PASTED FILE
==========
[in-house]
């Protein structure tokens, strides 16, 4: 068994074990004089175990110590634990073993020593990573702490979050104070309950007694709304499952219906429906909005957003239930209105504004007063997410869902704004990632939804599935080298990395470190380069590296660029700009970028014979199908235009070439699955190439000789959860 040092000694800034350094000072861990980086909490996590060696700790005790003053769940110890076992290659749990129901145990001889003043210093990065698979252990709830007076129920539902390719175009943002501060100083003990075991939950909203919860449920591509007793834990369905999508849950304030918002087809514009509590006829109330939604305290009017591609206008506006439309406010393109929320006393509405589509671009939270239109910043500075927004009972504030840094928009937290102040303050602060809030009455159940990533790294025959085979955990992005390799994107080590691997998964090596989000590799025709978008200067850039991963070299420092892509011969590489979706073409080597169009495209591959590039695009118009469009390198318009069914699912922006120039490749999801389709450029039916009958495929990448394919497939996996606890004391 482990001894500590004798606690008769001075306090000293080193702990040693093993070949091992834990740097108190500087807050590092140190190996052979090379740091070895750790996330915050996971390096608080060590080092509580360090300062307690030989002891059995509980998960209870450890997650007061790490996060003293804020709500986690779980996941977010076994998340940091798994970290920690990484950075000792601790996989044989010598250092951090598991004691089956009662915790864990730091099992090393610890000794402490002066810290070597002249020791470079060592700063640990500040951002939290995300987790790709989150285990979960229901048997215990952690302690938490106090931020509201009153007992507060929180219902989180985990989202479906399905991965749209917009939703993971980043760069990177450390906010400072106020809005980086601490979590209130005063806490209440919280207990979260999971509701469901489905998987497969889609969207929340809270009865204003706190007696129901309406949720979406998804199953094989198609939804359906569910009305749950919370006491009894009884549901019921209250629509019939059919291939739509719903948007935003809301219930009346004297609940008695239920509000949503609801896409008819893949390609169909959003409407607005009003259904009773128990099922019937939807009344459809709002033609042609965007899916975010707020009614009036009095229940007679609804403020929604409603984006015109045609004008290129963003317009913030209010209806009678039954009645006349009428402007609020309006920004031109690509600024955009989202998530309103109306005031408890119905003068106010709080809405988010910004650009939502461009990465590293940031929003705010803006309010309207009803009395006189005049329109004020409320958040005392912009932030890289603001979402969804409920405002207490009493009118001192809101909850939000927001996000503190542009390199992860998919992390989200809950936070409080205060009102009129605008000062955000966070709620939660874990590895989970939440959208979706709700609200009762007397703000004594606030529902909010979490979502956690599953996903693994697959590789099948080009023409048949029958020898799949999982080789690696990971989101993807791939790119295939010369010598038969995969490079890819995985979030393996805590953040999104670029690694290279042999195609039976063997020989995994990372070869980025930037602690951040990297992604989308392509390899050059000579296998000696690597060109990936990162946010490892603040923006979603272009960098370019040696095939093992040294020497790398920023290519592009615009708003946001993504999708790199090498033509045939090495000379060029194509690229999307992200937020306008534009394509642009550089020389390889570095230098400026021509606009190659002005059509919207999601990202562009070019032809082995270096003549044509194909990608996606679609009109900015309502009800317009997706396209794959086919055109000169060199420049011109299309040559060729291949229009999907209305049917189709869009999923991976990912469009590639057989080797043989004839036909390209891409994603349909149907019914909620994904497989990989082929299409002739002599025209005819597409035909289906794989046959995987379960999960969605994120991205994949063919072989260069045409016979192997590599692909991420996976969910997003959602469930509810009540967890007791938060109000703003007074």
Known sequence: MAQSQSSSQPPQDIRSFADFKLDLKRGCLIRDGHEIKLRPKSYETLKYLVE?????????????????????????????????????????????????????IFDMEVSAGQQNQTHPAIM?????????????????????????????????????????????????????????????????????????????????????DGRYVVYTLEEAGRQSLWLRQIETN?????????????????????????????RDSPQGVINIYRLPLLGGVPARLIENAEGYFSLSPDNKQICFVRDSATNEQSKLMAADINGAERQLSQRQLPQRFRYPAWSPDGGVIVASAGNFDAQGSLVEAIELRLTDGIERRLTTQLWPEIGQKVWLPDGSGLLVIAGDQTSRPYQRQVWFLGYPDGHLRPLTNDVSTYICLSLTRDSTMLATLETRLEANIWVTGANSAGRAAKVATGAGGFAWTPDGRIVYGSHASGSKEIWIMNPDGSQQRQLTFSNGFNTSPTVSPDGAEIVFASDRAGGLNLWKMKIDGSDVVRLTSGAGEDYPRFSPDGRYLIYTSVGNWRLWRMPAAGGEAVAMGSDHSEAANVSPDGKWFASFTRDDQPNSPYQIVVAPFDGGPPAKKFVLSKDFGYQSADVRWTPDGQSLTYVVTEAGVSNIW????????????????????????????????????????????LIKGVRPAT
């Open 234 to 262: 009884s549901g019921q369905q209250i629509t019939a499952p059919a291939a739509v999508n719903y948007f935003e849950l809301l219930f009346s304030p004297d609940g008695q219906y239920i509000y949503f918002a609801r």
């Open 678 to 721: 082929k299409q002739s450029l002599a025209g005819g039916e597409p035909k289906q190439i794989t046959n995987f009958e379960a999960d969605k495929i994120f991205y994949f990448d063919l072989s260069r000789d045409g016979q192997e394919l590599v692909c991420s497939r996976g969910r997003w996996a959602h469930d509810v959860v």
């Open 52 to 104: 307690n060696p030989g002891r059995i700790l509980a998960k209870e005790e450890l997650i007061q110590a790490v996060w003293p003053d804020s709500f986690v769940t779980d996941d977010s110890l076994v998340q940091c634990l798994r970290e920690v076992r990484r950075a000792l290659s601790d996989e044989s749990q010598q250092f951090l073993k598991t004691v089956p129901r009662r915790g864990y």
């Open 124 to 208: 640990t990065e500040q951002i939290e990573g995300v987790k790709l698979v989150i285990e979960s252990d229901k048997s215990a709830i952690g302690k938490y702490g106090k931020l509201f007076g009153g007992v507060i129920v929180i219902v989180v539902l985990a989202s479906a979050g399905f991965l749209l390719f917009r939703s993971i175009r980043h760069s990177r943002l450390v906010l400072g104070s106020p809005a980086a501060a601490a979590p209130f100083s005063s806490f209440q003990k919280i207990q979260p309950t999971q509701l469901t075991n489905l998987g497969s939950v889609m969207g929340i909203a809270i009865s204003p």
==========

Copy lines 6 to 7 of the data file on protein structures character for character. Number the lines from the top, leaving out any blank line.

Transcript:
């Open 52 to 104: 307690n060696p030989g002891r059995i700790l509980a998960k209870e005790e450890l997650i007061q110590a790490v996060w003293p003053d804020s709500f986690v769940t779980d996941d977010s110890l076994v998340q940091c634990l798994r970290e920690v076992r990484r950075a000792l290659s601790d996989e044989s749990q010598q250092f951090l073993k598991t004691v089956p129901r009662r915790g864990y």
């Open 124 to 208: 640990t990065e500040q951002i939290e990573g995300v987790k790709l698979v989150i285990e979960s252990d229901k048997s215990a709830i952690g302690k938490y702490g106090k931020l509201f007076g009153g007992v507060i129920v929180i219902v989180v539902l985990a989202s479906a979050g399905f991965l749209l390719f917009r939703s993971i175009r980043h760069s990177r943002l450390v906010l400072g104070s106020p809005a980086a501060a601490a979590p209130f100083s005063s806490f209440q003990k919280i207990q979260p309950t999971q509701l469901t075991n489905l998987g497969s939950v889609m969207g929340i909203a809270i009865s204003p």